There were fresh signs yesterday that President Barack Obama is struggling to gain traction with America's voters less than six months before the presidential election and that his Republican challenger, Mitt Romney, may be gathering strength.
A new NBC/Wall Street Journal poll showed Mr Obama barely leading Mr Romney 47 per cent to 43 per cent, which lies within the statistical margin of error. A separate Quinnipiac University poll in the key state of Florida had him trailing Mr Romney by six points. A month ago, the president was leading by seven points.
There were also some red faces after the Democratic primaries in Kentucky and Arkansas on Tuesday. In the former, 40 per cent of voters chose "uncommitted" over the President and a similar proportion in the latter went for Democratic gadfly and lawyer, John Wolfe. Mr Obama has the nomination sewn up, but the results showed a big hole in support within his own party in the Appalachian South. There are certain states and constituencies that will never warm to Mr Obama, come what may. The fact that his support may have eroded so suddenly in Florida is serious, however, and will heighten concern that his chances of re-election are being dragged down a by an economic recovery that still hasn't taken off.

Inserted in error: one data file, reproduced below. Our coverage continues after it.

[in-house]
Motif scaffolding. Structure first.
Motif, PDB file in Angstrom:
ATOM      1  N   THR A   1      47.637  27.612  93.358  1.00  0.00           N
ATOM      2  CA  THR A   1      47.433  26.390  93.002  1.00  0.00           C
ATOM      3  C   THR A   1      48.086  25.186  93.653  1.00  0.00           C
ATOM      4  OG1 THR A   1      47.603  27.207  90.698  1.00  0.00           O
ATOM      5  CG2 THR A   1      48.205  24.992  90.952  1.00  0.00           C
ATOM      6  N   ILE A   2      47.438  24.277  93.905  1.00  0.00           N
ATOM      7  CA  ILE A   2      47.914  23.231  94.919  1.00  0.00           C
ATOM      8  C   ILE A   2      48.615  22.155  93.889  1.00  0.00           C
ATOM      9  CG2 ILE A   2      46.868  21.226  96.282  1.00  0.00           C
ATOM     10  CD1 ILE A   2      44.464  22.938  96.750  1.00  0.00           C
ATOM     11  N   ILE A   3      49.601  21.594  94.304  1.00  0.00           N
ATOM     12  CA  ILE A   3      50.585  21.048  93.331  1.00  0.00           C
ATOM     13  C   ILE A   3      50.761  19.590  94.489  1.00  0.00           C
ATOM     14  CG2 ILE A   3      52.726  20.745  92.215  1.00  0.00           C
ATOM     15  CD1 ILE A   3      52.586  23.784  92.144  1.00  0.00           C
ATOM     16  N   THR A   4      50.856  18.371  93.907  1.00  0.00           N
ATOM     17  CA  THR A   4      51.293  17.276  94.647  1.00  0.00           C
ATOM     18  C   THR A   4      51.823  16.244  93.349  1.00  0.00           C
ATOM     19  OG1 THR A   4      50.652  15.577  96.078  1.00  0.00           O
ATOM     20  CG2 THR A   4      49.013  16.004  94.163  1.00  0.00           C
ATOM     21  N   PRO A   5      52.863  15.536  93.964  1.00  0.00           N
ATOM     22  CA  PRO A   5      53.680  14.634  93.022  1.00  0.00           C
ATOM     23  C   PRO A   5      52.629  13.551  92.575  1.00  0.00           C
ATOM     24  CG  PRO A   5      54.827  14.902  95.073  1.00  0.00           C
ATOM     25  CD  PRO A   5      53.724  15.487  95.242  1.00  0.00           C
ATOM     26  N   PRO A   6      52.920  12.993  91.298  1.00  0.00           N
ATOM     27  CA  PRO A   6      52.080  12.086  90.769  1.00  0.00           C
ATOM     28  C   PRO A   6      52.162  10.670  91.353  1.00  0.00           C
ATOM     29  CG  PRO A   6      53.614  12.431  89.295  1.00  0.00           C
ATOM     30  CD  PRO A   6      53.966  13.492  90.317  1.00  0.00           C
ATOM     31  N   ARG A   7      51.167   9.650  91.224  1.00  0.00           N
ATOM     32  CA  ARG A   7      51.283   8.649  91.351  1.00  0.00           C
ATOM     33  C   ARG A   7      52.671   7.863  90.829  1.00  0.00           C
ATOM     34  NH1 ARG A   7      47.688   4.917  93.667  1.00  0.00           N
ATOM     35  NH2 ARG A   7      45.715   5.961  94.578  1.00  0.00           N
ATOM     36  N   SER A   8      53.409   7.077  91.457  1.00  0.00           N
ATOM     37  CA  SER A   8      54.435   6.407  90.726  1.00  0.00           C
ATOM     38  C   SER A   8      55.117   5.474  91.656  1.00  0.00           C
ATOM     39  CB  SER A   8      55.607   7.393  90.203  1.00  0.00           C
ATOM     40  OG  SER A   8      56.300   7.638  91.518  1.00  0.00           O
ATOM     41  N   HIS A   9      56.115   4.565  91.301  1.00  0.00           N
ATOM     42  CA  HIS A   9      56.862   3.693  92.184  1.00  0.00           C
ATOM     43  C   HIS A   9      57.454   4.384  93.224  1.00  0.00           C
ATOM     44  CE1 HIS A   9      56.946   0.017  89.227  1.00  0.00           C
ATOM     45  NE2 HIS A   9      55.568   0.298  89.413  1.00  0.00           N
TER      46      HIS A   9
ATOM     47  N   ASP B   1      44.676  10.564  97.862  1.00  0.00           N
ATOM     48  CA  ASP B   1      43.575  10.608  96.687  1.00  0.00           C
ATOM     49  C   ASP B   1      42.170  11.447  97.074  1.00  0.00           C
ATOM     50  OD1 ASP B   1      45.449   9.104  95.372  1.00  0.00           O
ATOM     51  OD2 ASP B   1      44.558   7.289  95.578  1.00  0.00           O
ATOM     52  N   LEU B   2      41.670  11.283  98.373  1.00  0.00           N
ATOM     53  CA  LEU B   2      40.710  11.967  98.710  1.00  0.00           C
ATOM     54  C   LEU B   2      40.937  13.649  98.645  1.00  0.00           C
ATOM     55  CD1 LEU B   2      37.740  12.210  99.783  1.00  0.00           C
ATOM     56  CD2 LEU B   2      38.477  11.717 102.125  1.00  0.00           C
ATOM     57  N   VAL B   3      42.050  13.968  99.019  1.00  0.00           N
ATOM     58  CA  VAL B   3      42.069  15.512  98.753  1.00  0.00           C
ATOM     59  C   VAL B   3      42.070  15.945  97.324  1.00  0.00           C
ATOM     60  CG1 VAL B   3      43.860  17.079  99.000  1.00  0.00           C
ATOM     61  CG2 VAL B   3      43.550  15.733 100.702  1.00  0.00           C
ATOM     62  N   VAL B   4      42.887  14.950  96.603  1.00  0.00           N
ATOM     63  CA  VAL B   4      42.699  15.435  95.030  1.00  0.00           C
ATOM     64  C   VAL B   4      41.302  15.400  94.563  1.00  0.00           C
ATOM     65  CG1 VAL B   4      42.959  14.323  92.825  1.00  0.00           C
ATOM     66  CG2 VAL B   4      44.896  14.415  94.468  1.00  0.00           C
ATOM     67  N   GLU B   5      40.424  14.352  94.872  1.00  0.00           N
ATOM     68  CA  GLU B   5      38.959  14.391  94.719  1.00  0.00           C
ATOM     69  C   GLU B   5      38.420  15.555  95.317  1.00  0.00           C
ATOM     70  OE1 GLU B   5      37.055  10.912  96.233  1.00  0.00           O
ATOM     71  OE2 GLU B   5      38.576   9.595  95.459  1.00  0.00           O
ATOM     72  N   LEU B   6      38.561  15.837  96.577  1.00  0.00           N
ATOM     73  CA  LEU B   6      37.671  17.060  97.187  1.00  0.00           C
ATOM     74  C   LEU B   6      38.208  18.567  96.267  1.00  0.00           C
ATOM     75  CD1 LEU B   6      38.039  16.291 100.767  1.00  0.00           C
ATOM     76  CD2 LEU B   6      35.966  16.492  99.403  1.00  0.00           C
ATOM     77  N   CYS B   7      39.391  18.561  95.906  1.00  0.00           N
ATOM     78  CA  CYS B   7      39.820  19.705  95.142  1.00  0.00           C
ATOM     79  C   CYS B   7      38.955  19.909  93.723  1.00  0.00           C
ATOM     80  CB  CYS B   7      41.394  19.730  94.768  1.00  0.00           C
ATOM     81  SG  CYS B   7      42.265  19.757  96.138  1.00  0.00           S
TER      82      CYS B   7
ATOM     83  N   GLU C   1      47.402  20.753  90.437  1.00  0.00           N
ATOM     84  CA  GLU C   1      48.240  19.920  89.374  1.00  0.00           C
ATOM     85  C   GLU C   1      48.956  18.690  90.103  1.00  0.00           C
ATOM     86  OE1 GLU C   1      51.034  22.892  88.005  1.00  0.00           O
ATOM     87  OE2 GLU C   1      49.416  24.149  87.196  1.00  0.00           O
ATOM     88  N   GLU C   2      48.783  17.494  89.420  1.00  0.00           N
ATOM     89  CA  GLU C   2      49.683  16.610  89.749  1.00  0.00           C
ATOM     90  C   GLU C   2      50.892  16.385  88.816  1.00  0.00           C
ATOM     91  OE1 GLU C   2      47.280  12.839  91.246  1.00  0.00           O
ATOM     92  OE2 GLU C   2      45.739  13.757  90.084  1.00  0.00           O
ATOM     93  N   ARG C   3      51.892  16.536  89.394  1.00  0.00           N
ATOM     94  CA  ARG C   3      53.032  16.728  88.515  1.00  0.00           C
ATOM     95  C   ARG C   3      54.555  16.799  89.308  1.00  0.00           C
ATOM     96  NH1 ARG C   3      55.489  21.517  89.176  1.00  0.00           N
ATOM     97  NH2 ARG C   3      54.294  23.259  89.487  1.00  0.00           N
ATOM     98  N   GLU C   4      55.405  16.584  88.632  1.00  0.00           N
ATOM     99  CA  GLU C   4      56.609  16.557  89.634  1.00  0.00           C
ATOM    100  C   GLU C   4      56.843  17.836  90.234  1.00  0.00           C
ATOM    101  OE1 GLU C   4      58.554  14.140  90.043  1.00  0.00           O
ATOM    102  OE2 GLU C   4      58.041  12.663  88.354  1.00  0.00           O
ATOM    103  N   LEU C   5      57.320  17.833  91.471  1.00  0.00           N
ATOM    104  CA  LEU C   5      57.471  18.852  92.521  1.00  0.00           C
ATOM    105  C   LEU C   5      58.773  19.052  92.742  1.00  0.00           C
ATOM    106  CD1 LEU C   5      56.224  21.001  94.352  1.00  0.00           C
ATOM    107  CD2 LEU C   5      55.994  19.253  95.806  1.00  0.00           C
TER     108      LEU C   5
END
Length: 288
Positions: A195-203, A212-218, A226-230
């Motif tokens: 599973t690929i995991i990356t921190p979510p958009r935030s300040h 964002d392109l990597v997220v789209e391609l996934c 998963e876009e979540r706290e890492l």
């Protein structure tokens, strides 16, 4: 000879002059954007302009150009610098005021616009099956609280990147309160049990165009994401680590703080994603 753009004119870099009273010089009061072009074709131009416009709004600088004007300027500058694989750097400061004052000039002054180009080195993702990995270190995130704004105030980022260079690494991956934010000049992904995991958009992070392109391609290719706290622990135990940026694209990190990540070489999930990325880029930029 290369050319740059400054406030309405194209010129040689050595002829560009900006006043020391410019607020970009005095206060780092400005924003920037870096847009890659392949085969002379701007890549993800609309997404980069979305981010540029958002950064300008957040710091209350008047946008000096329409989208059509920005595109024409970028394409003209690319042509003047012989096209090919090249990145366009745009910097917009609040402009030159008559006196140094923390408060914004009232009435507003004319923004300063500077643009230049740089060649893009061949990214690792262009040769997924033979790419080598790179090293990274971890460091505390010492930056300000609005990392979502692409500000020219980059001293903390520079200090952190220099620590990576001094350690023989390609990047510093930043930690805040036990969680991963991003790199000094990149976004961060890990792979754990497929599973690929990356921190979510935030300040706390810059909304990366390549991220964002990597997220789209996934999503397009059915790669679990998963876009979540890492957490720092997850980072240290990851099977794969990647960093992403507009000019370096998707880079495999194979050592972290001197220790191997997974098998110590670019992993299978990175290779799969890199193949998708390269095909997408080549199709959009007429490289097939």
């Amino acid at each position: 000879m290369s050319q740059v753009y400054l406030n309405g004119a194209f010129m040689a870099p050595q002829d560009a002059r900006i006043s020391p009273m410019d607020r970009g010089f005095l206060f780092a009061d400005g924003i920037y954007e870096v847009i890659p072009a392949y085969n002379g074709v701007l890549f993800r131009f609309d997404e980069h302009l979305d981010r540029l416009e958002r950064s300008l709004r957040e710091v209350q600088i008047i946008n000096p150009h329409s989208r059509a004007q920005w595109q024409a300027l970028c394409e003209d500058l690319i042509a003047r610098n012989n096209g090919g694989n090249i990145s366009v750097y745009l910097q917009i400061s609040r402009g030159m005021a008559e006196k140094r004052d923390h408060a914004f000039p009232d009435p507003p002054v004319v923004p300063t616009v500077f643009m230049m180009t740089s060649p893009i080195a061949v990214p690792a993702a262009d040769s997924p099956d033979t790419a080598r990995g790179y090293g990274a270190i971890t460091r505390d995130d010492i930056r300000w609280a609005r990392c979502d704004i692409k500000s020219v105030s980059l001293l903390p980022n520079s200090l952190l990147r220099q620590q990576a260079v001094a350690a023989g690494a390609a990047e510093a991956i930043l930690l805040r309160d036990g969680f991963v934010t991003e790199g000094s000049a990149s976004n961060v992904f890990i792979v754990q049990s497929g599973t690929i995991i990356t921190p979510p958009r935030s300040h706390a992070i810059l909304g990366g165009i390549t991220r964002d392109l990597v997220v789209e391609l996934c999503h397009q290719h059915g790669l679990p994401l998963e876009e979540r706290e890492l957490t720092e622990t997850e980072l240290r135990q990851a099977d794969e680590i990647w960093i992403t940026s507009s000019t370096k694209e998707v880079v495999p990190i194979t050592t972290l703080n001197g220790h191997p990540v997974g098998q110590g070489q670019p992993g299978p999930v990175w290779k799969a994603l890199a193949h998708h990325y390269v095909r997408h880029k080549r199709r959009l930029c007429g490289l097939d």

In turn, Republicans are showing signs of confidence in contrast to a few weeks ago when Mr Romney was still trying to pick himself up from his primary contests. "Romney is a lot better off than I expected him to be this quickly," party grandee and former Mississippi Governor Haley Barbour told Politco.com.
"A lot of people were concerned that Romney, with his being the least conservative of all the Republican candidates, was going to have to work hard to unite the party – that he would have a serious sales job on his hands. But President Obama has apparently taken care of that for him."